With large quotations of over two lines, your quotation should be set into the centre of the page. But do not overdo the use of large quotations to pad an essay out â€“ again, tutors will spot this and dock marks. As always, fully explore your carefully-chosen quotation, no matter what its size.
How to write a Media Essay
Essentially, follow the guide to essay planning and essay writing above. Instead of set texts, and possibly in addition to them, you will also have set films, TV shows, websites etc. Treat these as you would a work of literature. The method for exploring their themes is no different. Media essays can be about very recent developments â€“ such as celebrity or developments in TV news. Therefore, more perhaps than an English literature essay, you will need to use very up-to-date references, such as journals, magazines, websites.
With all essays mentioned above, remember to reread and revise what you have written until you are happy with it and then, last but not least, check your referencing. Making careless errors in referencing (usually Harvard for English essays) is a careless way to lose marks.
Good luck with your English and Media Essays!
Sample Questions on Works of Media Studies Scholarship
In response to one of the questions below, write a well-organized essay about by Walter Benjamin’s, “The Work of Art in the Age of Mechanical Reproduction,” W.J.T. Mitchell's "The Work of Art in the Age of Biocybernetic Reproduction," and Sudeep Dasgupta's "Gods in the Sacred Marketplace: Hindu Nationalism and the Return of the Aura in the Public Sphere."
There are two essay options; you are to CHOOSE ONE. In constructing your argument, you will need to provide supporting evidence by discussing specific examples from different chapters. Use quotations to help make your points, but don’t try to use long quotations, since your time is limited. Use parenthetical page number citations wherever you quote or paraphrase. It would be prudent to spend some time (5-10 minutes) organizing your thoughts, thinking through the issues, and deciding on your examples before you begin writing. Make sure your essay responds directly to the specific question you have chosen; a generalized essay about the readings is not acceptable.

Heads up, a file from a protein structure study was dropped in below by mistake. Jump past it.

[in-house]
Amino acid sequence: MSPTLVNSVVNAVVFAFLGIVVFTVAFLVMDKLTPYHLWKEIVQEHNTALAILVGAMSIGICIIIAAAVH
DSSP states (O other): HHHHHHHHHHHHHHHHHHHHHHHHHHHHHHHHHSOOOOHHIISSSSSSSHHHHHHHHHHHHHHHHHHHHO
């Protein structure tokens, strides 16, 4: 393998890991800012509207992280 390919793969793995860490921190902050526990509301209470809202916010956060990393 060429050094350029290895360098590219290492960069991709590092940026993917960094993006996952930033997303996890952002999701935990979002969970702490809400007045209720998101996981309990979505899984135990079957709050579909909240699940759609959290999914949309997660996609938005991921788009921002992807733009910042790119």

For Benjamin, Dasgupta, and Mitchell, cultural texts are symptomatic of specific configurations of media technology and capitalism. Discuss how each author uses textual evidence to support his argument in these two interrelated regards (i.e. technology and capitalism). To properly answer this question you will need to summarize each author's general argument and explain how each one summons textual support to critique historically and culturally situated relations between media technologies and capitalism. Are there differences in their uses of evidence and in the direction of their arguments? Or are they in basic agreement on these matters, even though the later authors clearly appropriate and modify Benjamin?
Dasgupta and Mitchell are both heavily indebted to Benjamin; however, each author modifies the original argument and its key ideas in a variety of ways. Write an essay that details how the later authors appropriate and yet work changes upon the original argument, drawing on specific passages to do so. Draw on Benjamin directly to suggest how he might respond to the use of his ideas. What should the interplay of ideas demonstrated here have to teach contemporary media scholars (particularly those who may not work on Indian media culture or "biocybernetics")?